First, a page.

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(https://www.cdc.gov/coronavirus/2019-ncov/community/guidance-business-response.html)


video video


Hygiene doesn’t stop at the washroom


Kimberly-Clark Professional explains the science behind surface wiping – keeping ourselves and others safe and well.


Current conditions have changed our daily lives in a short period of time. Now more than ever we all want to know that we are doing everything we can to keep ourselves, colleagues and visitors safe and well. To ensure this requires understanding the science behind surface wiping and cleaning.


We want to know that the people we’re in contact with have washed their hands properly and the places we go are as clean and as hygienic as possible. For example: Are our schools/ universities clean? Will office workers clean their work surfaces properly? How hygienic are surfaces in hospitals? How many germs are found on shopping trolley handles?


Creating a more hygienic workplace, healthcare facility, shop or eatery doesn’t stop at the washroom. The Centers for Disease Control & Prevention (CDC) recommends prioritising the daily cleaning and disinfecting of hot spots.


Steve Jones, General Manager (UK & Ireland) at Kimberly-Clark Professional, said: “Objects that are touched by lots of people throughout the day such as door handles, elevator buttons and shopping trolleys, should be cleaned and disinfected frequently in order to break the chain of germ transmission.


“Many of our customers are needing to think in a different way about what, how and how often they clean to keep people safe. Understanding the difference between cleaning and disinfecting enables facilities to manage hygiene more effectively and prioritise frequently touched surfaces.”


Cleaning vs. disinfecting


Cleaning removes germs, dirt, and other impurities from surfaces or objects by using detergent (or soap and water) to physically remove germs from surfaces. This process does not necessarily kill germs, but by removing them, lowers their numbers and the risk of spreading infection.


Disinfecting kills germs on surfaces or objects by using chemicals. This doesn’t necessarily clean dirty surfaces or


30 | FEATURE


remove germs, but killing germs on a surface after cleaning can lower the risk of spreading infection.


The CDC recommends a two-step daily routine to clean frequently touched surfaces. For ‘Step 1’, clean surfaces with a detergent/soap and water. With ‘Step 2’, disinfect the surface using an EN-registered disinfectant. The CDC guidelines also recommend providing disposable wipes so commonly-used surfaces can be wiped down before each use. Surfaces considered germ hot spots also include keyboards, phones and light switches. Science indicates why these surfaces need daily hygiene protocols in addition to hand hygiene standards.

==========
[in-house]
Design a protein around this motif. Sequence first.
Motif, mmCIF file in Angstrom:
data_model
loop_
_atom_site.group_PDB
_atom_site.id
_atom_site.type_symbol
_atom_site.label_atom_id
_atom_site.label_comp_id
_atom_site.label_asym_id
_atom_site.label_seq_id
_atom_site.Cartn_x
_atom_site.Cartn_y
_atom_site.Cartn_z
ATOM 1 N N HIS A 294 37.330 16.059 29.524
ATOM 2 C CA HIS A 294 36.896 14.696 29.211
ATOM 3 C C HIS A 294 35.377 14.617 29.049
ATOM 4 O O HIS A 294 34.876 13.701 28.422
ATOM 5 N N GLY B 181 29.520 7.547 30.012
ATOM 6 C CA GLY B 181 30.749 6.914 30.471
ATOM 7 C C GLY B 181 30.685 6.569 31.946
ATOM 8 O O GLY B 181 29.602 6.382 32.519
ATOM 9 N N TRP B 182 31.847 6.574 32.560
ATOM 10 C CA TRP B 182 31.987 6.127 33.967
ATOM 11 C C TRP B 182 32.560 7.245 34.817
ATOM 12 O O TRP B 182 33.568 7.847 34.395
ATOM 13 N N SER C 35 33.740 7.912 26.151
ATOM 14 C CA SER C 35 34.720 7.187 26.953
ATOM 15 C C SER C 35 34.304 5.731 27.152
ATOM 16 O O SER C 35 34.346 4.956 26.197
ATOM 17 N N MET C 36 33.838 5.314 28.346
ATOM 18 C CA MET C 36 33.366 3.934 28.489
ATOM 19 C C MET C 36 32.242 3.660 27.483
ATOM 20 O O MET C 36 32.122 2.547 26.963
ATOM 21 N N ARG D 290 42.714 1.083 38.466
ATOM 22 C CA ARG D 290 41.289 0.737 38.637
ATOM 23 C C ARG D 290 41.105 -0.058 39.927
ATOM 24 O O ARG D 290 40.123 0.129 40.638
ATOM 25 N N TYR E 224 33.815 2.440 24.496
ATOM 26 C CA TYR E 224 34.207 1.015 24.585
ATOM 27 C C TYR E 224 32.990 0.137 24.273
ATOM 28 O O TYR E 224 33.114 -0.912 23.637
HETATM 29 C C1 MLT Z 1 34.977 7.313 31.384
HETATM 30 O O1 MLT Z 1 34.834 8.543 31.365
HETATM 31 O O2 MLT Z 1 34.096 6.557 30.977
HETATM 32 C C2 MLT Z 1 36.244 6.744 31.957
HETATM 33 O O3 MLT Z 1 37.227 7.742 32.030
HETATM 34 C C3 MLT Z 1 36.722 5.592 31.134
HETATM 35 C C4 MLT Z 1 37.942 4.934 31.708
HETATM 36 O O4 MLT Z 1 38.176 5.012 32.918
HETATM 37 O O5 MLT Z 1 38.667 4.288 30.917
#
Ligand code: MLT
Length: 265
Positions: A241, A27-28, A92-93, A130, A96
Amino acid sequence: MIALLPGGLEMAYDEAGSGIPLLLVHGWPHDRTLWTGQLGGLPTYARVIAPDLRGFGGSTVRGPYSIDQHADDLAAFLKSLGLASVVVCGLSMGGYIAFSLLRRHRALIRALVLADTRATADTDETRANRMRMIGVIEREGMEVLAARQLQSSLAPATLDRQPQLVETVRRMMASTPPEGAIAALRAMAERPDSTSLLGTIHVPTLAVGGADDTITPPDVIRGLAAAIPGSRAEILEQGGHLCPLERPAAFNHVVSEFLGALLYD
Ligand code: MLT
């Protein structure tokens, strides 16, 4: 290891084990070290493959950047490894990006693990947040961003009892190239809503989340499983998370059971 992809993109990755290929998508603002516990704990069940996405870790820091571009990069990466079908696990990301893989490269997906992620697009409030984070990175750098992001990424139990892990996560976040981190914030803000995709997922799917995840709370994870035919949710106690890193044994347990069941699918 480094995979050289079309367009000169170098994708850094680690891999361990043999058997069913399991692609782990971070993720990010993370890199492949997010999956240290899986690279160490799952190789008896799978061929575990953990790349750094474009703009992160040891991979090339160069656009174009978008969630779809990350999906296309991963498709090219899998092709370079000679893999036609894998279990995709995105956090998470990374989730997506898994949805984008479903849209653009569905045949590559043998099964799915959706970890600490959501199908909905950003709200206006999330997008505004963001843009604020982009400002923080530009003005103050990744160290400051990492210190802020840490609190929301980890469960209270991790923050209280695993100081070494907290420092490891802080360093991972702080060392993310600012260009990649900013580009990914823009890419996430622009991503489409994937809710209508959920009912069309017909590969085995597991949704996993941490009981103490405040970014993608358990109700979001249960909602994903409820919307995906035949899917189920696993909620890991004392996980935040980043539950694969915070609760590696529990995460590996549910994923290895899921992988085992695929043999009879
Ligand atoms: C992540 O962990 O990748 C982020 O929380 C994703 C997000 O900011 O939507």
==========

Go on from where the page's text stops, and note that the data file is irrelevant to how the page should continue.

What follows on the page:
Studies have shown that the average desk has 400 times more bacteria than a toilet seat, keyboards harbour 8900 bacteria and mobile phones host 6300. In healthcare facilities, 67% of soap buckets tested harboured bacteria, with 93% of cleaning towels sampled containing live bacteria.


A study by Dr Charles Gerba on shopping trollies found E.coli on almost half. These germs may be transferred from the trolley to hands, food or face. With adults reportedly touching 7200 surfaces and their faces 552 times every 24 hours, we can see why, today, tougher hygiene protocols are required. While placing hand sanitiser and signage in offices and common areas is a step in the right direction, studies show it simply isn’t enough to make a real impact.


No matter which surface areas they use, give your employees, visitors, patients and customers greater peace of mind by providing proven cleaning and disinfecting solutions to help break the chain of transmission. In the midst of change, creating exceptional workplaces includes doing everything you can to ensure proper hand hygiene protocols and that shared surfaces are clean and hygienic.


www.kcprofessional.com https://home.kcprofessional.com/UK_Healthy_Workplace_Cleaning_0520 twitter.com/TomoCleaning


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